McALESTER, Okla. (AP) _ Hours before he was scheduled to die by injection, an Oklahoma inmate received a stay of execution from a federal appeals court that said new DNA findings raised questions about blood evidence used by prosecutors at trial.

Loyd LaFevers, 34, was scheduled to die by injection early today for a 1985 murder.

The 10th U.S. Circuit Court of Appeals in Denver granted the stay Wednesday, and the U.S. Supreme Court rejected a petition filed by Oklahoma Attorney General Drew Edmondson seeking to vacate the order.

Defense attorney Pat Ehlers had argued that recent DNA tests showed blood on a pair of pants used by the state in LaFevers' trial did not belong to the murder victim.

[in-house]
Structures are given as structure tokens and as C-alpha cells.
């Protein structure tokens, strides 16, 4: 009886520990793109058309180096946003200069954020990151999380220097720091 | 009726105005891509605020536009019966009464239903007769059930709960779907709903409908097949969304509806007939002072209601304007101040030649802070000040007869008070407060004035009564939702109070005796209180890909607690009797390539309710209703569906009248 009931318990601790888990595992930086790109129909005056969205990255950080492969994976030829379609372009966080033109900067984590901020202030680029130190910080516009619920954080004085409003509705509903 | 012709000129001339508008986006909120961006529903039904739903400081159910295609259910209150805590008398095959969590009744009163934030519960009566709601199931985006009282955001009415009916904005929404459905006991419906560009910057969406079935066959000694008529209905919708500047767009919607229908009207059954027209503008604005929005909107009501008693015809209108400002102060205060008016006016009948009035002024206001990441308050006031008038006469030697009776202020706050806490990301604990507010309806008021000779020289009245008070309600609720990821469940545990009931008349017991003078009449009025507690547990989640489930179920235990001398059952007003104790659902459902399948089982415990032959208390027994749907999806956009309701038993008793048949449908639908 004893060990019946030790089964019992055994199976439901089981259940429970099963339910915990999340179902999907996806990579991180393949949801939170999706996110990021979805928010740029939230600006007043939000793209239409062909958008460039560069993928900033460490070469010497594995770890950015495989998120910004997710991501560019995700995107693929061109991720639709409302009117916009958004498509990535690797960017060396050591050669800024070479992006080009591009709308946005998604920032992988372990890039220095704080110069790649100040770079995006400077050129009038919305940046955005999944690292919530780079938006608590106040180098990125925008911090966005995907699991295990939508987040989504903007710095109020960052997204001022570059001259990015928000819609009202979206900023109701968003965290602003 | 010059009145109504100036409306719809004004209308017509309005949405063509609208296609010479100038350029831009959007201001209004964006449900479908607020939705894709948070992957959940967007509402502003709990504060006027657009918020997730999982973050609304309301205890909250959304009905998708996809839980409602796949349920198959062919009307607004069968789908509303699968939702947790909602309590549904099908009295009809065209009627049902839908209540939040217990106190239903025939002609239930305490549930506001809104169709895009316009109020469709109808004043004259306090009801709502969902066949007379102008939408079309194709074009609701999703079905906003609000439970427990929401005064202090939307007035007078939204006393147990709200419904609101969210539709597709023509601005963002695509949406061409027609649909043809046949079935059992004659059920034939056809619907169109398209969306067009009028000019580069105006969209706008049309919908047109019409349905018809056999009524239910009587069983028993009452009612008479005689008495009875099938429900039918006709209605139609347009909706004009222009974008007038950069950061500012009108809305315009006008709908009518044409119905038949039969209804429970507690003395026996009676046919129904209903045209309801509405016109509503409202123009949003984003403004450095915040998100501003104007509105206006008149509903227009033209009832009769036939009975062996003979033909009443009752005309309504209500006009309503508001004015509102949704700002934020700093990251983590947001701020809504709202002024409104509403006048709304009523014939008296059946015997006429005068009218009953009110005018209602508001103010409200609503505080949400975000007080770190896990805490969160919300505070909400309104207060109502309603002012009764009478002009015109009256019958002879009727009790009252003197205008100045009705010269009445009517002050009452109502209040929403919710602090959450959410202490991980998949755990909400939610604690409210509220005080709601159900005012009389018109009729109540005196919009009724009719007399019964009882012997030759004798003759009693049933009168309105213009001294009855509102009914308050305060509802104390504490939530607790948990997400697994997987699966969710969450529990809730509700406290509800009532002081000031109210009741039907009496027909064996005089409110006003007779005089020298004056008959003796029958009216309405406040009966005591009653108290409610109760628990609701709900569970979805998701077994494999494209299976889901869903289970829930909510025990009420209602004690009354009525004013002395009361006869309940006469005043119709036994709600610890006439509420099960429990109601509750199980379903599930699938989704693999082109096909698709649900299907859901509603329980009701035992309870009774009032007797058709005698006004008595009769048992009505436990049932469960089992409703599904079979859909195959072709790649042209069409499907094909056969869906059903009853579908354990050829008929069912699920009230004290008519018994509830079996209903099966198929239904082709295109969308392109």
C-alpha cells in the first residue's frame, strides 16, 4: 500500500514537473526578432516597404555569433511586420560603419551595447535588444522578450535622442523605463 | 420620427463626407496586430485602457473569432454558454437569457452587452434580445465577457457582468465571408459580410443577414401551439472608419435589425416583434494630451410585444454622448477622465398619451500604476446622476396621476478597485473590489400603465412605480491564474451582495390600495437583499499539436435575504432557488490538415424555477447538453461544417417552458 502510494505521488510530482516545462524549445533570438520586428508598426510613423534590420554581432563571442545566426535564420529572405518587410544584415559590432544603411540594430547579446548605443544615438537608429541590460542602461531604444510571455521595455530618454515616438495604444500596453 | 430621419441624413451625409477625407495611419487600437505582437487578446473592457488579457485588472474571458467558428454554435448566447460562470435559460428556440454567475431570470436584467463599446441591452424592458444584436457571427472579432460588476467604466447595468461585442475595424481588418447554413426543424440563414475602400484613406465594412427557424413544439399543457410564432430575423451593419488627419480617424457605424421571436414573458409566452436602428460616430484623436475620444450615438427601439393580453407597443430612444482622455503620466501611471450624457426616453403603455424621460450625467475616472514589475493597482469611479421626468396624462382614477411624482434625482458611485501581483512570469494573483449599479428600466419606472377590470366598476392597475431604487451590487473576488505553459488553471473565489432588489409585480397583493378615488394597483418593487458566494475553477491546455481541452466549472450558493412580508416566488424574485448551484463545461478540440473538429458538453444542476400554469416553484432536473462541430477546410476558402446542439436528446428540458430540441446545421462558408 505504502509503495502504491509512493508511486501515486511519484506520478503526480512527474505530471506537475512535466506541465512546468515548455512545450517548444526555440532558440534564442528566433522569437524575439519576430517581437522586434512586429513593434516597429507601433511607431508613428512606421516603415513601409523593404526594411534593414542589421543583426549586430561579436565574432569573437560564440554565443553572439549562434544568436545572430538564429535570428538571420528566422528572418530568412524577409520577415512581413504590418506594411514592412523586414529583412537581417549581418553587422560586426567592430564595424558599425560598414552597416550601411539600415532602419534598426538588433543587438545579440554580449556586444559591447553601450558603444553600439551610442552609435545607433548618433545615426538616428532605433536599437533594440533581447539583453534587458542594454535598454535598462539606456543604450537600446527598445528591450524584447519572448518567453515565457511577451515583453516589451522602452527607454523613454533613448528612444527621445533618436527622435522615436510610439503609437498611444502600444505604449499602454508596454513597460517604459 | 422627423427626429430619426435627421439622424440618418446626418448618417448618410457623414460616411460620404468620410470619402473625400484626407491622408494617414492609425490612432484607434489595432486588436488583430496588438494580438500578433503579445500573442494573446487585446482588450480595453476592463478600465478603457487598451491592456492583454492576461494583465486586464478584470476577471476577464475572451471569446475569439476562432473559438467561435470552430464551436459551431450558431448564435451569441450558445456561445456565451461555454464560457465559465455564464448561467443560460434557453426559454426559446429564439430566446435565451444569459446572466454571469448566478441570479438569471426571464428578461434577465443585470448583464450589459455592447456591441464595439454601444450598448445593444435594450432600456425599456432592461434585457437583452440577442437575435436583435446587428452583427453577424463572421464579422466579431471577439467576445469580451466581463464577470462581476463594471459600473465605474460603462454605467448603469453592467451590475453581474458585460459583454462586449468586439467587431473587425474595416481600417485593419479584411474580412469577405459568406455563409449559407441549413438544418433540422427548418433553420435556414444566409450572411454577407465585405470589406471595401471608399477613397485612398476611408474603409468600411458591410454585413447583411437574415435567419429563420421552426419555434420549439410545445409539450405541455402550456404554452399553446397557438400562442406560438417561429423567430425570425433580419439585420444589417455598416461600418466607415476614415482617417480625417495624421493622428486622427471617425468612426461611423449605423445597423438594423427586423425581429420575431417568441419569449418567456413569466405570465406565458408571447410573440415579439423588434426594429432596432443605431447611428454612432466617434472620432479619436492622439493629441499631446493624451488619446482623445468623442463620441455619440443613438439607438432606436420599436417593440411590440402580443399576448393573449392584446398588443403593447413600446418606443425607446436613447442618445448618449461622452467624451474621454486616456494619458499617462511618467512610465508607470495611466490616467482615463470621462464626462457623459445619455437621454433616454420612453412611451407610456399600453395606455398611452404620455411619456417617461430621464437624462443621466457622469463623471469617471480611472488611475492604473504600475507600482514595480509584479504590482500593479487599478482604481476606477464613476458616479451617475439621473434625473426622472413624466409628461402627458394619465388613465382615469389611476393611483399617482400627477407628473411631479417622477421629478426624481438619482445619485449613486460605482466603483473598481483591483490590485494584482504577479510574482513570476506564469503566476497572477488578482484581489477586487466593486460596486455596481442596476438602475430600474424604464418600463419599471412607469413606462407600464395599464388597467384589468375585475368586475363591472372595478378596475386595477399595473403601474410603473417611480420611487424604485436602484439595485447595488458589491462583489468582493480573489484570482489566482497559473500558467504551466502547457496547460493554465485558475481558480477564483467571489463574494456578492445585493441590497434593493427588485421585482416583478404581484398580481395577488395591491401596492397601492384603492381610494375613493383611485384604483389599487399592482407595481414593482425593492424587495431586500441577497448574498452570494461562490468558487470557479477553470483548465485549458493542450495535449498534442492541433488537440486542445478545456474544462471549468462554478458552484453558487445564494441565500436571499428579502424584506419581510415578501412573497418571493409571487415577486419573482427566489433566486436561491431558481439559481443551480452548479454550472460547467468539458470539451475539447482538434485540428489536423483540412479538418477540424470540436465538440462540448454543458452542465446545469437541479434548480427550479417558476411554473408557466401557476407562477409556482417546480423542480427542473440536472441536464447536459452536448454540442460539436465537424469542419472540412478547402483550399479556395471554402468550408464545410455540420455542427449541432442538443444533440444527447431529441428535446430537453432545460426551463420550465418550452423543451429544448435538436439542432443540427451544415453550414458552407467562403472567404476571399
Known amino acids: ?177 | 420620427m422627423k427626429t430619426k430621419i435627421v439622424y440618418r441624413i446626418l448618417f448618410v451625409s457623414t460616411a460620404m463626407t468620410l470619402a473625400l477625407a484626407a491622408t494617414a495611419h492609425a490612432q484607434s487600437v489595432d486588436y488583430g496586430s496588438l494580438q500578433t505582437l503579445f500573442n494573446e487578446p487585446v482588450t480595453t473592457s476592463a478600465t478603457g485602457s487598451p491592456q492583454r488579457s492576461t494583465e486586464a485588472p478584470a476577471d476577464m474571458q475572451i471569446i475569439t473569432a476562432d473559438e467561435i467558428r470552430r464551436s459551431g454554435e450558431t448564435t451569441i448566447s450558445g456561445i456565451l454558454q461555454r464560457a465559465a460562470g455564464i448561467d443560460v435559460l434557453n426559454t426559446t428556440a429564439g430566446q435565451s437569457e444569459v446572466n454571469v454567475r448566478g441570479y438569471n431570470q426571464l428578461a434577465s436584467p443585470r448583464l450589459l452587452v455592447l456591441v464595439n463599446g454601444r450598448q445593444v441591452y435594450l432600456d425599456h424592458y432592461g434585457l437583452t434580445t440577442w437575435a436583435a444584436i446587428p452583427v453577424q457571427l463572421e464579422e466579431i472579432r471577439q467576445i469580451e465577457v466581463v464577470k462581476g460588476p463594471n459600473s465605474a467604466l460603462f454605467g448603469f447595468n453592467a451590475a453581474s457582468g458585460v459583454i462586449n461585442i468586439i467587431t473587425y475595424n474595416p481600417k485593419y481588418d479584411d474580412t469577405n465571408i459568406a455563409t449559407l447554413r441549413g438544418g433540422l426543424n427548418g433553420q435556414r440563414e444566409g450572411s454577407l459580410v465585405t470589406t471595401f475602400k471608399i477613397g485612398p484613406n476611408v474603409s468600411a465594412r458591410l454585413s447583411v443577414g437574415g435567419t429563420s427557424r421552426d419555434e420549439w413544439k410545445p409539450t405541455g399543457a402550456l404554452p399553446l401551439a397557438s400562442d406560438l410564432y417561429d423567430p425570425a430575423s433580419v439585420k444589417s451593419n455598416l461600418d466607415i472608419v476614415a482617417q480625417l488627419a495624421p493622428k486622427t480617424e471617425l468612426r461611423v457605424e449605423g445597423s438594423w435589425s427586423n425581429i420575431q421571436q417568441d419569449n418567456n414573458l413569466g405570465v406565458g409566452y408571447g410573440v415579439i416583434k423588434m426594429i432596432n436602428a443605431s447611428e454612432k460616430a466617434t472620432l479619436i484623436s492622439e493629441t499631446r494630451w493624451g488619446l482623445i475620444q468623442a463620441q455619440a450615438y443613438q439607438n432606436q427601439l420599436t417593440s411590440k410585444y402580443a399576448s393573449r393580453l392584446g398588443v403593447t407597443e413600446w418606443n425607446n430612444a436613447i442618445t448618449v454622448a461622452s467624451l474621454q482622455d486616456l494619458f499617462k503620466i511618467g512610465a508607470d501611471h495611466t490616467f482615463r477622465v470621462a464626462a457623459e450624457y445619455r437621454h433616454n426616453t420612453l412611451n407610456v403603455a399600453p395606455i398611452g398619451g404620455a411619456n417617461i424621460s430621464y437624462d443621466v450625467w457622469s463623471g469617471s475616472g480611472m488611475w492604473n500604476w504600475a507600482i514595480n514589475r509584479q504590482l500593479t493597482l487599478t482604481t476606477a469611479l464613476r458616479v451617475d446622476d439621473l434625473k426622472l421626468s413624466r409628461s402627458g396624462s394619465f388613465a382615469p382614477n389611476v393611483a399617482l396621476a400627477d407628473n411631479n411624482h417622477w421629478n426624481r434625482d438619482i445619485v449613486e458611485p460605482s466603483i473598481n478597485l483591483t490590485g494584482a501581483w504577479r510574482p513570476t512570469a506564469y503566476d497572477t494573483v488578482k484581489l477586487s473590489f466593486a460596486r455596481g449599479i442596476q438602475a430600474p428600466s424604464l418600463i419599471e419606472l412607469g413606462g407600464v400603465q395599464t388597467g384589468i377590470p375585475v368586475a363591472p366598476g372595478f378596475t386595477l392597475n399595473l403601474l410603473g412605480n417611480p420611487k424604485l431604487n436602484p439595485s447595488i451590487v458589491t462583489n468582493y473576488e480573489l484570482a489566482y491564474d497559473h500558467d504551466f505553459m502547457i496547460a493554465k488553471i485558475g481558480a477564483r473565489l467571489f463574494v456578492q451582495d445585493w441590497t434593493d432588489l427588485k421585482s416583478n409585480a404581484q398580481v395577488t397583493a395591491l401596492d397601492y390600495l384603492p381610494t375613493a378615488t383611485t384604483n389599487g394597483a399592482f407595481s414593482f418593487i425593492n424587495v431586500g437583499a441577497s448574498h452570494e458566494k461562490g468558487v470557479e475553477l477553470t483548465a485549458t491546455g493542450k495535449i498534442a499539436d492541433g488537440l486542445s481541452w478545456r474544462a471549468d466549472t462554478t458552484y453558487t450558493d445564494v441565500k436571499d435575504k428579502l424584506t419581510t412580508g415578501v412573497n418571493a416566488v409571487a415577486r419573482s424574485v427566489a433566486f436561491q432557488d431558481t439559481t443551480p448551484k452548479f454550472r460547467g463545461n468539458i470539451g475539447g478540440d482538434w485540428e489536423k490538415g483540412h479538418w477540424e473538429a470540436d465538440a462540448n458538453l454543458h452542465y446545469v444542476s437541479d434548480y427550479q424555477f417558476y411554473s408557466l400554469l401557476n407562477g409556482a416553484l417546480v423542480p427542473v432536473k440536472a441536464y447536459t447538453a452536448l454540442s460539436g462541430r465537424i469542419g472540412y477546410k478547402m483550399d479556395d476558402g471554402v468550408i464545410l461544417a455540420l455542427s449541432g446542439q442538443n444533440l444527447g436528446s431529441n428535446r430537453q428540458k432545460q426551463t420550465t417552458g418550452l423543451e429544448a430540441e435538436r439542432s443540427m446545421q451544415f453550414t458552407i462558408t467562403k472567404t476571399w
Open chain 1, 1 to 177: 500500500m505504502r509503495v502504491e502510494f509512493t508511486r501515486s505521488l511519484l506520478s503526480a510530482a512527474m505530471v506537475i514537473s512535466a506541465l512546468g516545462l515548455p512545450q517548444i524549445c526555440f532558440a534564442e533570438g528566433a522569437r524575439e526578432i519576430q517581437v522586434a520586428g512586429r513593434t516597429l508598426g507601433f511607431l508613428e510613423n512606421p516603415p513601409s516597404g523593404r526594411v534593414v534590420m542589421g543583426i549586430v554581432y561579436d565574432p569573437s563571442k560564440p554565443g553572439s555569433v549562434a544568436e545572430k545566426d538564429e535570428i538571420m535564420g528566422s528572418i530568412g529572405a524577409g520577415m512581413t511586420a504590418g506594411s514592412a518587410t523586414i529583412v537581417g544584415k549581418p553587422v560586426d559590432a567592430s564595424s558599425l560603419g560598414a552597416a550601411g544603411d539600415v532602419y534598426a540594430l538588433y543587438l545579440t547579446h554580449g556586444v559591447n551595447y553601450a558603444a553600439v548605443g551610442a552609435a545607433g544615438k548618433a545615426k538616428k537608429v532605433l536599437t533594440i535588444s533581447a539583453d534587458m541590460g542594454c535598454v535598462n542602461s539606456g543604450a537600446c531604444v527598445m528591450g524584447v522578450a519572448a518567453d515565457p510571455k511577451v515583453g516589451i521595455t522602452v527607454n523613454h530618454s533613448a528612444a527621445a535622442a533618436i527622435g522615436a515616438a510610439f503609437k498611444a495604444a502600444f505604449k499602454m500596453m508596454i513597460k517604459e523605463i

Ehlers argued the DNA findings warranted further testing, including tests on hair found at the crime scene.

In ordering the stay, senior Circuit Judge John Porfilio wrote that it would be unjust ``in accordance with Constitutional principles'' to execute LaFevers until the new evidence can be reviewed.

LaFevers and a co-defendant, Randall Eugene Cannon, were convicted in 1985 of kidnapping and killing 84-year-old Addie Hawley. Cannon remains on death row.